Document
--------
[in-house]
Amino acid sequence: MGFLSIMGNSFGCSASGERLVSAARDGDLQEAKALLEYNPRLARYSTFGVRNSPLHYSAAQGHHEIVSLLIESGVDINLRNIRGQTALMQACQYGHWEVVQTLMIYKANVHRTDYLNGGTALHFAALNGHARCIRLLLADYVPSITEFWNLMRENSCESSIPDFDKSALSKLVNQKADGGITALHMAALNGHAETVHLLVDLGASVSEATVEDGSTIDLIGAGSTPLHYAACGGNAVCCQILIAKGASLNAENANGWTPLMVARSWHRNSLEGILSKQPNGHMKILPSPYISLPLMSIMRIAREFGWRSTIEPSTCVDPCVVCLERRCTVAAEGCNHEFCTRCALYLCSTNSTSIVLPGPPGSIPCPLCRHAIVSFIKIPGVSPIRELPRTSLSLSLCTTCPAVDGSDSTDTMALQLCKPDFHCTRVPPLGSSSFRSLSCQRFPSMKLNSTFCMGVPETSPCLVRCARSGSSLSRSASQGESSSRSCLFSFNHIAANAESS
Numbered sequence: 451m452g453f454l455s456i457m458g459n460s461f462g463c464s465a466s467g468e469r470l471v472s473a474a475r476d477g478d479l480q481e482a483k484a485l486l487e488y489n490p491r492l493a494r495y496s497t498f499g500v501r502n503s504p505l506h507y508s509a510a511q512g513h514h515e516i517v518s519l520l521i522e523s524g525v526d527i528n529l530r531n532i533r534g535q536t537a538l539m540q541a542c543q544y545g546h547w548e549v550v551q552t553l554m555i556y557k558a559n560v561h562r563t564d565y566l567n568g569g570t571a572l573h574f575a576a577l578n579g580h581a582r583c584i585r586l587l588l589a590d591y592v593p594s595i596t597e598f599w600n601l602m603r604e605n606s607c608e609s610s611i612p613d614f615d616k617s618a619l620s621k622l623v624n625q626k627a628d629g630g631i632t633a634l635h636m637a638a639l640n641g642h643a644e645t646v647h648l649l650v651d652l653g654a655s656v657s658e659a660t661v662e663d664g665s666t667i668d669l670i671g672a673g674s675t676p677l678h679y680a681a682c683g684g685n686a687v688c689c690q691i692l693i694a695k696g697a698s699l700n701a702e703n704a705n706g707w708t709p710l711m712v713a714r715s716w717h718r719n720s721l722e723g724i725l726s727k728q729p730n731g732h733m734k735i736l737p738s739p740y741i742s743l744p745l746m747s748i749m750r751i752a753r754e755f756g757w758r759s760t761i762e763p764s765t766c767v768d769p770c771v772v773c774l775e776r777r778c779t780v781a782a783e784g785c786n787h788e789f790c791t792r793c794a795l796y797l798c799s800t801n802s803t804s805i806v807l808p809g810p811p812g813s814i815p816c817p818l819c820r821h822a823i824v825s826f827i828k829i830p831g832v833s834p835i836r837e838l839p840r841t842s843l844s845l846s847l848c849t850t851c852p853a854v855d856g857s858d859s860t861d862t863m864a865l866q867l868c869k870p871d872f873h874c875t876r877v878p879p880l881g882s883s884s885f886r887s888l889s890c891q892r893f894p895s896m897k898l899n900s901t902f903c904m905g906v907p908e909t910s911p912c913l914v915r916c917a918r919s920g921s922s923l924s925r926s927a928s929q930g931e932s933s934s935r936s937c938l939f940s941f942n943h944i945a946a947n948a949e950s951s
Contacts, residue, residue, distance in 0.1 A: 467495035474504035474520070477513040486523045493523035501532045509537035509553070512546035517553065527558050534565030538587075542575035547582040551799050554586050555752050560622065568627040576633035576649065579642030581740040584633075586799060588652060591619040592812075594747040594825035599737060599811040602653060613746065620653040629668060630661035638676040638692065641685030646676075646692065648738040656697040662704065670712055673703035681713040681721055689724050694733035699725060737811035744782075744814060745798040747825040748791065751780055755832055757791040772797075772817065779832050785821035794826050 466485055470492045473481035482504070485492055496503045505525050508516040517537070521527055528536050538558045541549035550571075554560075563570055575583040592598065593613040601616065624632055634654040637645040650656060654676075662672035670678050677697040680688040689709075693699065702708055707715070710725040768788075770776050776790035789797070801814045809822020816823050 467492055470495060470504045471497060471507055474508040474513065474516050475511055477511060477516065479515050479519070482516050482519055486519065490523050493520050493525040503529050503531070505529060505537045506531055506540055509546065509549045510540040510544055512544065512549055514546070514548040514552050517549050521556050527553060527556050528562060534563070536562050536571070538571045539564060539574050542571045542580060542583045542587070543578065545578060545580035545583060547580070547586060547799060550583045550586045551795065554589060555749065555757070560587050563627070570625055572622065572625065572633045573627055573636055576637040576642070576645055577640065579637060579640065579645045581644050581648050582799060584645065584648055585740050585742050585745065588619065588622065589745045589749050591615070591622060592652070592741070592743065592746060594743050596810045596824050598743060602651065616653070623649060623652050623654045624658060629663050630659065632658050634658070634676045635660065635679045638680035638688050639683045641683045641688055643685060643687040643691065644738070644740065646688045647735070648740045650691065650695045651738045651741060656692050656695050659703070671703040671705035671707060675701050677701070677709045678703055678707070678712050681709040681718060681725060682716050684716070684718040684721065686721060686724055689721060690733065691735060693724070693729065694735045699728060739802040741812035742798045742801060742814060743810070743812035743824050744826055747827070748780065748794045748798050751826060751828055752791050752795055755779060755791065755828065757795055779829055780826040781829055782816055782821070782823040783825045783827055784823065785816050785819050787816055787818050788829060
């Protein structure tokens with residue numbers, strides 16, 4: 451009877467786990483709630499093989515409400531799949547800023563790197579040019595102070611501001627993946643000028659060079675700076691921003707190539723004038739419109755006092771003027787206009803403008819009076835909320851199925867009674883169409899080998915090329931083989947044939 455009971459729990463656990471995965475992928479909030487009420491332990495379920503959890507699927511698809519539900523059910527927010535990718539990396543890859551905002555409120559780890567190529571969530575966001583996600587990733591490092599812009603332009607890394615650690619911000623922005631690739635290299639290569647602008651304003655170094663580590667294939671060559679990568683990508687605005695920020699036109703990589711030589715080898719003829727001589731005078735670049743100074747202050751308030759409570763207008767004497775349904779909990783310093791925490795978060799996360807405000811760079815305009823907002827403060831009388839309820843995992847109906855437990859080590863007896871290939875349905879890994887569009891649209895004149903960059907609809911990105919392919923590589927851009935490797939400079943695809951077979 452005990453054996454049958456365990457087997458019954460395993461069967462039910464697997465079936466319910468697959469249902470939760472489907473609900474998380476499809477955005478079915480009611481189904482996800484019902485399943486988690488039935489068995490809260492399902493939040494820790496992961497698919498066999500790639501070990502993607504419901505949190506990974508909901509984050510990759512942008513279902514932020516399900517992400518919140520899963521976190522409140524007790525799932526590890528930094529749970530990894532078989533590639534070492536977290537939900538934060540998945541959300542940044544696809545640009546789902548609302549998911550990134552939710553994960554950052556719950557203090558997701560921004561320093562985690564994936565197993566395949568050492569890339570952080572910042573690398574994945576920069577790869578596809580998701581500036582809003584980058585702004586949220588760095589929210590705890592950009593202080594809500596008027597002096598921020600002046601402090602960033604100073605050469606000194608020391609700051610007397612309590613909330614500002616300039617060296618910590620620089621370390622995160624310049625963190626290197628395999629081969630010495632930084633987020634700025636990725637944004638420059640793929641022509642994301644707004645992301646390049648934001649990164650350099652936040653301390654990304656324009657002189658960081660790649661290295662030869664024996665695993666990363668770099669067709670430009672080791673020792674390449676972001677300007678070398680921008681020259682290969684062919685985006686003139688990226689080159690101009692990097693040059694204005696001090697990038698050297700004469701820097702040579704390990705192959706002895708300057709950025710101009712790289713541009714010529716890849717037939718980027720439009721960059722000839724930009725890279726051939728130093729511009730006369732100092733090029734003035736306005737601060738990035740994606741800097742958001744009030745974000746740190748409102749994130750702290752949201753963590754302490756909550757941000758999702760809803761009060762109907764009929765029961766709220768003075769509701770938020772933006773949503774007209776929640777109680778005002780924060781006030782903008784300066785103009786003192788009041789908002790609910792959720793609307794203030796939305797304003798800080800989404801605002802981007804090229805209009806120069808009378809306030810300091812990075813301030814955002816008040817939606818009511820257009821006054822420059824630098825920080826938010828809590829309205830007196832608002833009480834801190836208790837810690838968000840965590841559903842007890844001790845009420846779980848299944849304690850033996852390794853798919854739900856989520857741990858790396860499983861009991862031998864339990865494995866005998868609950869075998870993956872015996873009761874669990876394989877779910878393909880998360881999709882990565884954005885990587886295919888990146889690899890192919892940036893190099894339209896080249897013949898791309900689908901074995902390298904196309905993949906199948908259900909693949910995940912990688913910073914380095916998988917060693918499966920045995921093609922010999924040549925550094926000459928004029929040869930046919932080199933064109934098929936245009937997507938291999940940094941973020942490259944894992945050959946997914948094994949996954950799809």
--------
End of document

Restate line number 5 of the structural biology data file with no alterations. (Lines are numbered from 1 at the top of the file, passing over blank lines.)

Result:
């Protein structure tokens with residue numbers, strides 16, 4: 451009877467786990483709630499093989515409400531799949547800023563790197579040019595102070611501001627993946643000028659060079675700076691921003707190539723004038739419109755006092771003027787206009803403008819009076835909320851199925867009674883169409899080998915090329931083989947044939 455009971459729990463656990471995965475992928479909030487009420491332990495379920503959890507699927511698809519539900523059910527927010535990718539990396543890859551905002555409120559780890567190529571969530575966001583996600587990733591490092599812009603332009607890394615650690619911000623922005631690739635290299639290569647602008651304003655170094663580590667294939671060559679990568683990508687605005695920020699036109703990589711030589715080898719003829727001589731005078735670049743100074747202050751308030759409570763207008767004497775349904779909990783310093791925490795978060799996360807405000811760079815305009823907002827403060831009388839309820843995992847109906855437990859080590863007896871290939875349905879890994887569009891649209895004149903960059907609809911990105919392919923590589927851009935490797939400079943695809951077979 452005990453054996454049958456365990457087997458019954460395993461069967462039910464697997465079936466319910468697959469249902470939760472489907473609900474998380476499809477955005478079915480009611481189904482996800484019902485399943486988690488039935489068995490809260492399902493939040494820790496992961497698919498066999500790639501070990502993607504419901505949190506990974508909901509984050510990759512942008513279902514932020516399900517992400518919140520899963521976190522409140524007790525799932526590890528930094529749970530990894532078989533590639534070492536977290537939900538934060540998945541959300542940044544696809545640009546789902548609302549998911550990134552939710553994960554950052556719950557203090558997701560921004561320093562985690564994936565197993566395949568050492569890339570952080572910042573690398574994945576920069577790869578596809580998701581500036582809003584980058585702004586949220588760095589929210590705890592950009593202080594809500596008027597002096598921020600002046601402090602960033604100073605050469606000194608020391609700051610007397612309590613909330614500002616300039617060296618910590620620089621370390622995160624310049625963190626290197628395999629081969630010495632930084633987020634700025636990725637944004638420059640793929641022509642994301644707004645992301646390049648934001649990164650350099652936040653301390654990304656324009657002189658960081660790649661290295662030869664024996665695993666990363668770099669067709670430009672080791673020792674390449676972001677300007678070398680921008681020259682290969684062919685985006686003139688990226689080159690101009692990097693040059694204005696001090697990038698050297700004469701820097702040579704390990705192959706002895708300057709950025710101009712790289713541009714010529716890849717037939718980027720439009721960059722000839724930009725890279726051939728130093729511009730006369732100092733090029734003035736306005737601060738990035740994606741800097742958001744009030745974000746740190748409102749994130750702290752949201753963590754302490756909550757941000758999702760809803761009060762109907764009929765029961766709220768003075769509701770938020772933006773949503774007209776929640777109680778005002780924060781006030782903008784300066785103009786003192788009041789908002790609910792959720793609307794203030796939305797304003798800080800989404801605002802981007804090229805209009806120069808009378809306030810300091812990075813301030814955002816008040817939606818009511820257009821006054822420059824630098825920080826938010828809590829309205830007196832608002833009480834801190836208790837810690838968000840965590841559903842007890844001790845009420846779980848299944849304690850033996852390794853798919854739900856989520857741990858790396860499983861009991862031998864339990865494995866005998868609950869075998870993956872015996873009761874669990876394989877779910878393909880998360881999709882990565884954005885990587886295919888990146889690899890192919892940036893190099894339209896080249897013949898791309900689908901074995902390298904196309905993949906199948908259900909693949910995940912990688913910073914380095916998988917060693918499966920045995921093609922010999924040549925550094926000459928004029929040869930046919932080199933064109934098929936245009937997507938291999940940094941973020942490259944894992945050959946997914948094994949996954950799809």